Despite a lot of hype in recent weeks that the Irish government were going to arrive at a deal with the ECB that would reduce the burden imposed by promissory note payments to the IBRC, I had remained fairly skeptical that any announcement this week would represent significant progress.
In my last post on this issue, last Saturday, I had noted that any deal that was done was just in relation to the March 31 payment and did not affect future payments. I had written:
Is it likely that the ECB will agree at a later date to a more comprehensive restructuring of the promissory notes allowing for a systematic payment deferral? I would guess not. While you could argue that a deal on the current payment shows some flexibility on the part of the ECB, an alternative viewpoint is that six months of “discussions” failed to get anything other than a fairly meaningless one-off deferral.
My pessimism turned out to be too optimistic. In fact, it appears that the Irish government made essentially no progress with the ECB even regarding the current payment.
The arrangement arrived at today (ministerial announcement here) is so complex that it will bamboozle everyone and this confusion will provide plenty of cover for those who wish to claim that it represents useful progress. However, effectively what is happening is that the Irish government are providing the IBRC with a long-term bond, the IBRC are exchanging that bond with Bank of Ireland for one year in return for €3.1 billion in cash and this cash will be used to repay the IBRC’s Emergency Liquidity Assistance (ELA) loans.
What has been achieved? In essence, the government has delayed paying out the cash for this year’s €3.1 billion but the IBRC (and hence the state) now has to repay Bank of Ireland this amount next year. This is effectively a one-year deferral of this payment, which is far worse than the long-term deferral of the payment that I had already described on Saturday as “fairly meaningless”. Because the ECB have fully achieved their goal — getting a full €3.1 billion ELA repayment — calling this “a deal” with the ECB is hardly appropriate. Rather, it represents an arrangement with a privately-owned Irish bank that maintains the appearance of some sort of deal having been agreed with the ECB.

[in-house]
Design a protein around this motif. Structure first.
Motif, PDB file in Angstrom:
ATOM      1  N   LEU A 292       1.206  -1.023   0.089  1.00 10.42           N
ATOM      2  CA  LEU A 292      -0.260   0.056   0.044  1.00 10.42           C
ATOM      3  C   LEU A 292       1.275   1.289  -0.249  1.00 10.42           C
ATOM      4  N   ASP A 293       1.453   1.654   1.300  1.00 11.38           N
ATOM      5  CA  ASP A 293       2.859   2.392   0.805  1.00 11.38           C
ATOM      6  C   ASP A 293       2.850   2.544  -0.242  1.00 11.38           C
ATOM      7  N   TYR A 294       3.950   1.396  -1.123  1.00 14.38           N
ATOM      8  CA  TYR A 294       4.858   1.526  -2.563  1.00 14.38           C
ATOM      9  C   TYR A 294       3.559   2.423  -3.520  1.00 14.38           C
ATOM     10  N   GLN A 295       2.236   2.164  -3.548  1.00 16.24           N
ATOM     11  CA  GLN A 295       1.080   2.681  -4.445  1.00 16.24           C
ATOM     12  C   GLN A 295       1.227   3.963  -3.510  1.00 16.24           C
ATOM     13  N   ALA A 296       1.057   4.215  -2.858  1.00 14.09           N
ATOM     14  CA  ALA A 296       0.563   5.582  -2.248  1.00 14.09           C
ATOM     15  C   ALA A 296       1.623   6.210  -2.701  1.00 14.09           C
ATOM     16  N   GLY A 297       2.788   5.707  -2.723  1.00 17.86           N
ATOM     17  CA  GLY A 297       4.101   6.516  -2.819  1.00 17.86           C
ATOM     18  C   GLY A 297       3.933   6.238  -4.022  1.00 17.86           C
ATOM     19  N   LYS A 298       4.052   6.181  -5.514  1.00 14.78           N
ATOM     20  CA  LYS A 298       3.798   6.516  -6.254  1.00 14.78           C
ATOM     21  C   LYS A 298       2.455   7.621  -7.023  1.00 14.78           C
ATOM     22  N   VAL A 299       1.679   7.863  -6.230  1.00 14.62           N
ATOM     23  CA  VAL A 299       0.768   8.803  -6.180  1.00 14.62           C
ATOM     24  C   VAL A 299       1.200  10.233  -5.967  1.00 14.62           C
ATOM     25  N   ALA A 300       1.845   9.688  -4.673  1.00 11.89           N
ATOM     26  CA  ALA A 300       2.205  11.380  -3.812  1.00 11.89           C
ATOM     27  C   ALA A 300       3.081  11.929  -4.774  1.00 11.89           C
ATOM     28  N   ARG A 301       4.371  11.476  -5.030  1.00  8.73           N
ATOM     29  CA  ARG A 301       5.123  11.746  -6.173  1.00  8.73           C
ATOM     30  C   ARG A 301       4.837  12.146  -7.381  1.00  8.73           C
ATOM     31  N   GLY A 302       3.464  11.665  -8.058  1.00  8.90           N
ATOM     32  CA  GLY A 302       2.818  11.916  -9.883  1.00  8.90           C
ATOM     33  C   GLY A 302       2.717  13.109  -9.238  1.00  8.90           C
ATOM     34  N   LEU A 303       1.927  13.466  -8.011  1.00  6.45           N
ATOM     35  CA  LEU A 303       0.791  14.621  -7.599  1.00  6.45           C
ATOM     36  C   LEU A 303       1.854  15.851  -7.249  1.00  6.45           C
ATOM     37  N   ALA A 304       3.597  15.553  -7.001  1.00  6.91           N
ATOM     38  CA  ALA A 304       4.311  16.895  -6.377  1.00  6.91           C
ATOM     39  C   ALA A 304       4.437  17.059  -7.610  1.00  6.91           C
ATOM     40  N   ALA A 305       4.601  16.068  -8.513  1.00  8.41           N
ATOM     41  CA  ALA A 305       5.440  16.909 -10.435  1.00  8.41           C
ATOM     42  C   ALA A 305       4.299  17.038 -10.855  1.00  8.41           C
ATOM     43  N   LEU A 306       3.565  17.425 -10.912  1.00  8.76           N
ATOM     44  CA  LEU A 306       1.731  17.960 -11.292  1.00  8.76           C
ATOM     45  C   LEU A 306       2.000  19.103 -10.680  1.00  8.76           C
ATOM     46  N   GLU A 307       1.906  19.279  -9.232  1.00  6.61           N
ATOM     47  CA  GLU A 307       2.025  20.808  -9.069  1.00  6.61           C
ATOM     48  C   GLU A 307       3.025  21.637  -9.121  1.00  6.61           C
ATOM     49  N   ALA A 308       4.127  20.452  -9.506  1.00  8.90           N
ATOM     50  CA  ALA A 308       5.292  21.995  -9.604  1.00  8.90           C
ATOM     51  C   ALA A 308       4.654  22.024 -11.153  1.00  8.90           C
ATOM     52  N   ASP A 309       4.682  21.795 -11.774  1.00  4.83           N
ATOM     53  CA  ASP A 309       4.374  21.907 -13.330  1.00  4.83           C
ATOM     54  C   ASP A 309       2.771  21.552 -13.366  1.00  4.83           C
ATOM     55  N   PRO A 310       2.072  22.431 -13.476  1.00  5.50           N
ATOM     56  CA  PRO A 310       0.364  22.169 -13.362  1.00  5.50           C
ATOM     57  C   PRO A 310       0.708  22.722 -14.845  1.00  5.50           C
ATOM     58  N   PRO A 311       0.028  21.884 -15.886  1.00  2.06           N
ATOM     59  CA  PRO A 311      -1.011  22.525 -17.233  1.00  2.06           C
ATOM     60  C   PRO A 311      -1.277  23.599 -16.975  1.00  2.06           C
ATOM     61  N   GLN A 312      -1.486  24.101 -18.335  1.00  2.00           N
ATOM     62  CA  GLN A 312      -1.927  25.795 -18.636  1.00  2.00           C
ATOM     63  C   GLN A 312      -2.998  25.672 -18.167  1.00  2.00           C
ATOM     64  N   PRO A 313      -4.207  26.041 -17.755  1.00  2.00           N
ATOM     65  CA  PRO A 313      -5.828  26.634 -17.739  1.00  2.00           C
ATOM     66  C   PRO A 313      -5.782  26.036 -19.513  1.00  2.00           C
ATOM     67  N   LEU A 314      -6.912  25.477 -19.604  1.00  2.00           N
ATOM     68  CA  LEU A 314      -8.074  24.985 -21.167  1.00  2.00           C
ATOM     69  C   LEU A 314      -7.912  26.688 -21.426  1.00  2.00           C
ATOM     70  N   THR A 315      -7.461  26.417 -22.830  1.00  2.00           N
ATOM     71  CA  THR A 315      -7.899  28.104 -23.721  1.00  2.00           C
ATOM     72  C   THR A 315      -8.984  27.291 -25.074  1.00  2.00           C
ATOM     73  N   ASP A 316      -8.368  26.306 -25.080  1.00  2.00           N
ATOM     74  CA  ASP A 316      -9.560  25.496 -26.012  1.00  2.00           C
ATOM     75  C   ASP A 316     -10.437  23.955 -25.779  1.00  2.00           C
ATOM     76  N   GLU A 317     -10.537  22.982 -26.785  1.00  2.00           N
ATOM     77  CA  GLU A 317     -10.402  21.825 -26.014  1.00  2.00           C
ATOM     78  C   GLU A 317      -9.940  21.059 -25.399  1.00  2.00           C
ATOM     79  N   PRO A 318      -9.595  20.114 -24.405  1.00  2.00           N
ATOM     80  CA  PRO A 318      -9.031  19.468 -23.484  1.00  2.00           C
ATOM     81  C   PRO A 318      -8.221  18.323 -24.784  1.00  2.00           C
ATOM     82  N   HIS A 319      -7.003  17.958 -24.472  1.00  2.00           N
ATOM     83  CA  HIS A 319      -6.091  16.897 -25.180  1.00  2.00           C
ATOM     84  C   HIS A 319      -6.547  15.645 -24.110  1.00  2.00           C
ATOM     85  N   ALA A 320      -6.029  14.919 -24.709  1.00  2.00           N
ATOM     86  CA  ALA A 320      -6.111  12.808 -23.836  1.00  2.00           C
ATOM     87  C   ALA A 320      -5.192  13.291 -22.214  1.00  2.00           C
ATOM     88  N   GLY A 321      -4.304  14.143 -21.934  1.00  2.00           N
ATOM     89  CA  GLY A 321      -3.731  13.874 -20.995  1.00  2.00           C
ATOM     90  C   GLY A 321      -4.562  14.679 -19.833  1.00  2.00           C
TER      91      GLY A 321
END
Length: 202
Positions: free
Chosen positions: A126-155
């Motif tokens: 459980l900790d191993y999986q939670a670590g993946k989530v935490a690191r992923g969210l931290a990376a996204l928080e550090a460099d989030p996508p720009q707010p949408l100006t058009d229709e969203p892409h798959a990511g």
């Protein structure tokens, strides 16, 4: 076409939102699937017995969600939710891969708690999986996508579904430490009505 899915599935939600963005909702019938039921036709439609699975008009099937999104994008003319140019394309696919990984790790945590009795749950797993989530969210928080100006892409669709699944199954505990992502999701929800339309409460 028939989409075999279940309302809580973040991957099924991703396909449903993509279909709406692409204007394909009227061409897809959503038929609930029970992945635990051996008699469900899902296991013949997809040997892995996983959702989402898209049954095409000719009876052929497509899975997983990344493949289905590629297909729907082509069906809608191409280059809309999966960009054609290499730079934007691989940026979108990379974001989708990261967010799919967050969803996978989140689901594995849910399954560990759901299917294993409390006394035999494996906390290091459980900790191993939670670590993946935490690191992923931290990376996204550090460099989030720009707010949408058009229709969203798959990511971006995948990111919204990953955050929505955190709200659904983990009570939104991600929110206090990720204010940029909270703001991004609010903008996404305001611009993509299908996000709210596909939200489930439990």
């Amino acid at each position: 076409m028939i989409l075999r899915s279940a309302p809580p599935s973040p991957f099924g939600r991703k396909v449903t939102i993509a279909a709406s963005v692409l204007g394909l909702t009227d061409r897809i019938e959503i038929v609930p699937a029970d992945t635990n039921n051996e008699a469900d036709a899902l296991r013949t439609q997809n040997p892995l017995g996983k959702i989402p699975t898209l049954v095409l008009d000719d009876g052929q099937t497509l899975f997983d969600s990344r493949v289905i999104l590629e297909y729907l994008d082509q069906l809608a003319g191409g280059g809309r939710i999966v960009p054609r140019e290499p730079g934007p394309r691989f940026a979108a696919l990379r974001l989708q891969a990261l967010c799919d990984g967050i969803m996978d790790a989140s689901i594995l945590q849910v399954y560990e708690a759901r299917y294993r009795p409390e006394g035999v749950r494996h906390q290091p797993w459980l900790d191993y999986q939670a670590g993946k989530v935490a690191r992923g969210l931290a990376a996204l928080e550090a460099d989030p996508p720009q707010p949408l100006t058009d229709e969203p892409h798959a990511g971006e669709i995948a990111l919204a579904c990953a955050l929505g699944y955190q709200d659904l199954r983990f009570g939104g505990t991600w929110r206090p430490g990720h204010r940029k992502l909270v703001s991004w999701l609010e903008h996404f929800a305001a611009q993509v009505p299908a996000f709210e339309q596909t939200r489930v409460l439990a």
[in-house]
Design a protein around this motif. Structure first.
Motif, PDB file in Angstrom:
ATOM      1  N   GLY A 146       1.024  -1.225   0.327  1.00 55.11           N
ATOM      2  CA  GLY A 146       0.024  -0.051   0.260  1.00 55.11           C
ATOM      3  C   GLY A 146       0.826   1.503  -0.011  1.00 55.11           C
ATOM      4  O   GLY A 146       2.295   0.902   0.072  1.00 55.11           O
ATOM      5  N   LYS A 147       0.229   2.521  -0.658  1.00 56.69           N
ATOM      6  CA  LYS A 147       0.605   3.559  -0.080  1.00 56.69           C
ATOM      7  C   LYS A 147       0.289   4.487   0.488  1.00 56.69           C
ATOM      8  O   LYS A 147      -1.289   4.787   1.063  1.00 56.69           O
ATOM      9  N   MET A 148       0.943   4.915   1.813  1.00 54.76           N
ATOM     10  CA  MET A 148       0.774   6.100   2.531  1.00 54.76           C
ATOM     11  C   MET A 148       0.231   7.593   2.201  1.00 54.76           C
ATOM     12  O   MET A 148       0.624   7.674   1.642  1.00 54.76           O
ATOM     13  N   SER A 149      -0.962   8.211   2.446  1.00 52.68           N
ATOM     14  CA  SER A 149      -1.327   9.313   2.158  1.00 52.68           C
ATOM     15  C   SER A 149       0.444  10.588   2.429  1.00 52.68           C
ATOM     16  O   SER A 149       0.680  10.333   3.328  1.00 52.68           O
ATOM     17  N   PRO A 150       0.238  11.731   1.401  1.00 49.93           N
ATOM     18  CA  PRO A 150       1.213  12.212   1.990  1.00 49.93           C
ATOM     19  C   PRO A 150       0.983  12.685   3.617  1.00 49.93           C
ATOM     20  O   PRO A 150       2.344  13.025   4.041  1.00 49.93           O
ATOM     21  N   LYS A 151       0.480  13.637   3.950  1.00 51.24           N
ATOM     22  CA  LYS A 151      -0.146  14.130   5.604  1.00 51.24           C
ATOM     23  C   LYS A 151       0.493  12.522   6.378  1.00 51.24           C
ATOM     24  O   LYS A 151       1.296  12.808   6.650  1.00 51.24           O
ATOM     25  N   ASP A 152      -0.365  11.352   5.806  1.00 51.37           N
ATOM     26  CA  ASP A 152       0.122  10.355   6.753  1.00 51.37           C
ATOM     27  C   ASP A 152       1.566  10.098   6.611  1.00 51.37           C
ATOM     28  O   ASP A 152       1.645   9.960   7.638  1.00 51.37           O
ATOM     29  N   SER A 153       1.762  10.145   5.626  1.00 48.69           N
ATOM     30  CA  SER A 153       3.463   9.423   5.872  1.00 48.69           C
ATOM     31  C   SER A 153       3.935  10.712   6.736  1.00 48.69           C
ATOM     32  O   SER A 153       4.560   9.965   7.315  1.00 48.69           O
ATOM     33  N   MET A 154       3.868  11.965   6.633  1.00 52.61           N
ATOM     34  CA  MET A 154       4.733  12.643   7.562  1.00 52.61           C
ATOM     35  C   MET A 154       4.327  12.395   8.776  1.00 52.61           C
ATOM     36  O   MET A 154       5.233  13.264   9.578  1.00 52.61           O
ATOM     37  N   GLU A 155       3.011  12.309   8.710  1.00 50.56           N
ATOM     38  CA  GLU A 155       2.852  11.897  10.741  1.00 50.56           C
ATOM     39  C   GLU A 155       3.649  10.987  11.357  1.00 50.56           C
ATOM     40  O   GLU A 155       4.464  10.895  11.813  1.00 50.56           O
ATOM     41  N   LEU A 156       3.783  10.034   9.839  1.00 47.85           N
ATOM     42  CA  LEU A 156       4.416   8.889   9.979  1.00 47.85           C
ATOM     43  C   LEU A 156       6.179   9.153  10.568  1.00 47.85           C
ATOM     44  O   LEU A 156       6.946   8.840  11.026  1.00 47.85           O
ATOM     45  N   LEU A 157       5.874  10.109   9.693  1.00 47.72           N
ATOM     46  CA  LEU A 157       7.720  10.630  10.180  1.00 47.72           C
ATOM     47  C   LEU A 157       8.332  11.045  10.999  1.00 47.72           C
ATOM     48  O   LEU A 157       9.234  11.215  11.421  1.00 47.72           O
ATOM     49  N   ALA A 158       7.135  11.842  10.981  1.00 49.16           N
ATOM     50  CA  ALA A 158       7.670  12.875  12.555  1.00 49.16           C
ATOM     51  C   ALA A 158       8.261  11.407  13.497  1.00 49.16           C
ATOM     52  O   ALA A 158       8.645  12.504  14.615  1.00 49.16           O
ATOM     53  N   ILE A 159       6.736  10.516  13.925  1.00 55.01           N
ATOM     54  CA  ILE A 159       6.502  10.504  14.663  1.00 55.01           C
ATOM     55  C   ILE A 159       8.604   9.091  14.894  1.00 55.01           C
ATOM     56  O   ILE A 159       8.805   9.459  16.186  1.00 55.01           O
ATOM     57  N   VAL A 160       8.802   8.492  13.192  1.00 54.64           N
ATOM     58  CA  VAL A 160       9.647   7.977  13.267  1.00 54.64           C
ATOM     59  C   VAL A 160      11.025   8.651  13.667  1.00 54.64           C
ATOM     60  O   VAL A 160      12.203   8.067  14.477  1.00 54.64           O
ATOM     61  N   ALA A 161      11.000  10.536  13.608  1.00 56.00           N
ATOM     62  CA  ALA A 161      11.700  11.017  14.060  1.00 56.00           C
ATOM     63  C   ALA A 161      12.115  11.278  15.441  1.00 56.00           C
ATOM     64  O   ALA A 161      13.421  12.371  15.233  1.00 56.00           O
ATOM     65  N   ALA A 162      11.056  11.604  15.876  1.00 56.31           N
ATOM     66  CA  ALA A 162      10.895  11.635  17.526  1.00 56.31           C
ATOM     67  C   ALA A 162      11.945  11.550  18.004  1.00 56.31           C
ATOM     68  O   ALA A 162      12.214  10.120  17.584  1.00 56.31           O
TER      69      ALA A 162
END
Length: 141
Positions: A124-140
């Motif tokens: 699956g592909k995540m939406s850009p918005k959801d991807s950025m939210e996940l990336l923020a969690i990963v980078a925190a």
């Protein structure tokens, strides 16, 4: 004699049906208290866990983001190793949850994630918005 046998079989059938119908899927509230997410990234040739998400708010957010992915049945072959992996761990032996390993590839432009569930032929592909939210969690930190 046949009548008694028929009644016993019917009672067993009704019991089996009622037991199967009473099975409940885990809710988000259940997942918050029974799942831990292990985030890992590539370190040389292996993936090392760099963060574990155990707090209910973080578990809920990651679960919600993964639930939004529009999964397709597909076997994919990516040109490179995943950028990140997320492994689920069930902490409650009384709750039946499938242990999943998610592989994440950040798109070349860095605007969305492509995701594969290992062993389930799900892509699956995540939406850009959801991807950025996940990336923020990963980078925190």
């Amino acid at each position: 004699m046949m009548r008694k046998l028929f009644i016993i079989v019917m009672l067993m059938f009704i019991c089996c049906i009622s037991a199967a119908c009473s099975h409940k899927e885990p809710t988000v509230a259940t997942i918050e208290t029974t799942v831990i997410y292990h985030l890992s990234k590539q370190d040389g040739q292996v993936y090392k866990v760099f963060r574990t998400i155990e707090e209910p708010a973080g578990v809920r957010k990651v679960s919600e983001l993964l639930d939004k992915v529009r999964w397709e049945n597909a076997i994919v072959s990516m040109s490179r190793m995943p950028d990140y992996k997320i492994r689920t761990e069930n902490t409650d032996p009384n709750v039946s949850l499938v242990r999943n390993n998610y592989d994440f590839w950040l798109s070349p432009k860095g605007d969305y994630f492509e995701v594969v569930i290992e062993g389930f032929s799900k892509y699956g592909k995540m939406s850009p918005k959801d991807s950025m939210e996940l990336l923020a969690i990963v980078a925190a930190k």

What further puzzles me about this transaction is that Governor Patrick Honohan described the plan to the Oireachtas Finance committee on Tuesday as follows:
The arrangement regarding this first tranche is very much in the direction in which I want us to go. It is a major step forward qualitatively in the approach.
I guess one could say it is “the direction we want to go” in the sense that this arrangement represents a deferral of the cash payment, however short-term. But the actual arrangement used to implement this deferral — borrowing the cash on a short-term basis from a privately-owned bank — is not at all a sustainable way to refinance a debt that amounts to almost 20 percent of GDP. So I fail to see how this is a major step forward, qualitative or otherwise (I had been puzzling about qualitative major steps ….)
Where does this leave us? In the same position as I reckoned we were last Saturday. No deal of any substance has been done with the ECB nor is one forthcoming. An arrangement to borrow long-term funds from EFSF or ESM to pay off IBRC’s debts and retire the promissory notes may happen. But it would require political approval across Europe, will not happen before Ireland passes the Fiscal Compact and would effectively amount to a second EU-IMF bailout with all the terms and conditions that this implies.